Data collection was by means of face-to-face interviews conducted by either a study nurse or the study neuropsychologist, and study participants were specifically asked about occupational and regular non-occupational exposure to loud noise (exposure to loud noise being defined as that exceeding a level of 85 dB).
The total years of loud noise exposure were then categorized into <5, 5–14 and 15 years. Loud noise exposure was also categorized into the following groups:

(i) exposure to machines, power tools and/or construction;

(ii) exposure to motors, including airplanes;

(iii) exposure to loud music, including employment in the music industry;

(iv) exposure to screaming children, sports events and/or restaurants or bars and

(v) other types of loud noise exposure.

Data regarding the use of hearing protection were also collected.
Unconditional logistic regression models adjusted for age, sex and local cancer registry region were used to estimate odds ratios (ORs) and their respective 95% confidence intervals (CIs). In the analysis of loud noise exposure type, adjustments were also made for highest level of education as a proxy for socio-economic status.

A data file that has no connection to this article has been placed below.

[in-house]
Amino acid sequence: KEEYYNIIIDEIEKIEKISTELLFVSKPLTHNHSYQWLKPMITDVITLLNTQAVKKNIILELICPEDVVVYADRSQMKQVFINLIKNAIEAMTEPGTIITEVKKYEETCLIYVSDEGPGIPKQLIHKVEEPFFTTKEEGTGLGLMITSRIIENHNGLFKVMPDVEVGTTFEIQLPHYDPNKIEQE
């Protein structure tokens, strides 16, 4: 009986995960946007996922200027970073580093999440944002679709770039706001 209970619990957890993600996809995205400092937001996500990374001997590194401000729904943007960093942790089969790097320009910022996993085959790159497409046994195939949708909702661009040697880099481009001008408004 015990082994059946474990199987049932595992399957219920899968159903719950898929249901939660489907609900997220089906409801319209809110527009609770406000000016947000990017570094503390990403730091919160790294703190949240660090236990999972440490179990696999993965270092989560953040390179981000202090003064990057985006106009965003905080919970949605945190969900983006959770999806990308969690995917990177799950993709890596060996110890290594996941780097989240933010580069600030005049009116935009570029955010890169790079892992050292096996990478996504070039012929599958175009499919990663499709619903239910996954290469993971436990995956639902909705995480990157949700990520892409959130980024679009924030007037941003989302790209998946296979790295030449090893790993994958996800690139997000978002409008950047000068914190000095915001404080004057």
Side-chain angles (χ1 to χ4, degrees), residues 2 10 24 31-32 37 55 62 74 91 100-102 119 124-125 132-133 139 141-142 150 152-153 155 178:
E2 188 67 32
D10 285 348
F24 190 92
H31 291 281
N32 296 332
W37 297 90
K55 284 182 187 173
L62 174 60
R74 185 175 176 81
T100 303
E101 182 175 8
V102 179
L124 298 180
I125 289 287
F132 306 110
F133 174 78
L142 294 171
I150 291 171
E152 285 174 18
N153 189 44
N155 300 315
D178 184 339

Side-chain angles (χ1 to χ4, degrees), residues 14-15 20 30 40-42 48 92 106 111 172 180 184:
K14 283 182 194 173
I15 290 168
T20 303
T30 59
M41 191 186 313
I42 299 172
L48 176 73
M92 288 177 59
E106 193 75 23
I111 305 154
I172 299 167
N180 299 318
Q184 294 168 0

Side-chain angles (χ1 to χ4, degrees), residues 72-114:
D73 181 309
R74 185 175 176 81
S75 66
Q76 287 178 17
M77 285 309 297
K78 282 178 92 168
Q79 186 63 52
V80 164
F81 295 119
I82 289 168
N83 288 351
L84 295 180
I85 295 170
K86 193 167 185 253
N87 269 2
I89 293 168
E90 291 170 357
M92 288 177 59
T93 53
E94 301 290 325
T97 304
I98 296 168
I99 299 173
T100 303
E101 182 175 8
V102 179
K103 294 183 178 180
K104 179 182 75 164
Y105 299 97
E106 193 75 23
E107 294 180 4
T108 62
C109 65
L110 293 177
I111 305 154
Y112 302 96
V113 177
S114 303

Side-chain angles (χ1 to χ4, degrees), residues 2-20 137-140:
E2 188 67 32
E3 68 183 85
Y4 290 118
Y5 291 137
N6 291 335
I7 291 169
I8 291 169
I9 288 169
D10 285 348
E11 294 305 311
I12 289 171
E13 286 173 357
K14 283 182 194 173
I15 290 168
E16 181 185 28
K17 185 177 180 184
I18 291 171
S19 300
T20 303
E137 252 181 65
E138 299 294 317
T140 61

Tests for trend were calculated by use of the Cochran–Armitage test for trend.
The results revealed that individuals reporting loud noise exposure from any source were at increased risk for acoustic neuroma (OR = 1.55, 95% CI = 1.04–2.30). Exposure to loud noise from machines, power tools and/or construction increased the risk for acoustic neuroma (OR = 1.79, 95% CI = 1.11–2.89), as did exposure to loud music (OR = 2.25, 95% CI = 1.20–4.23). The OR for a latency period of 13 or more years since the first loud noise exposure from any source was 2.12 (95% CI = 1.40–3.20).
Edwards et al. concluded that the result of the study supports the hypothesis that loud noise exposure is a risk factor for acoustic neuroma; however, further research is needed to validate self-reports of loud noise exposure and to evaluate the effect of potential detection bias